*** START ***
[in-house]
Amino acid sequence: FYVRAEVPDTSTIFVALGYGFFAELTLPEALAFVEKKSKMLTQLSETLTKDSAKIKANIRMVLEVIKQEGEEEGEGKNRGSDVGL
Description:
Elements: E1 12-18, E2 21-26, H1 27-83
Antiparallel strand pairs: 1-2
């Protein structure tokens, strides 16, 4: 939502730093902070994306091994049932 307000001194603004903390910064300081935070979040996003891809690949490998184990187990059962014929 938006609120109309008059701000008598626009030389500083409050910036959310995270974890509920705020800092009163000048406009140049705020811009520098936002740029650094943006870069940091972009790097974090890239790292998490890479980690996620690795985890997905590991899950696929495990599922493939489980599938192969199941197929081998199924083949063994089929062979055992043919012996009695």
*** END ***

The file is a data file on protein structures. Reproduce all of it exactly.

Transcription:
[in-house]
Amino acid sequence: FYVRAEVPDTSTIFVALGYGFFAELTLPEALAFVEKKSKMLTQLSETLTKDSAKIKANIRMVLEVIKQEGEEEGEGKNRGSDVGL
Description:
Elements: E1 12-18, E2 21-26, H1 27-83
Antiparallel strand pairs: 1-2
């Protein structure tokens, strides 16, 4: 939502730093902070994306091994049932 307000001194603004903390910064300081935070979040996003891809690949490998184990187990059962014929 938006609120109309008059701000008598626009030389500083409050910036959310995270974890509920705020800092009163000048406009140049705020811009520098936002740029650094943006870069940091972009790097974090890239790292998490890479980690996620690795985890997905590991899950696929495990599922493939489980599938192969199941197929081998199924083949063994089929062979055992043919012996009695």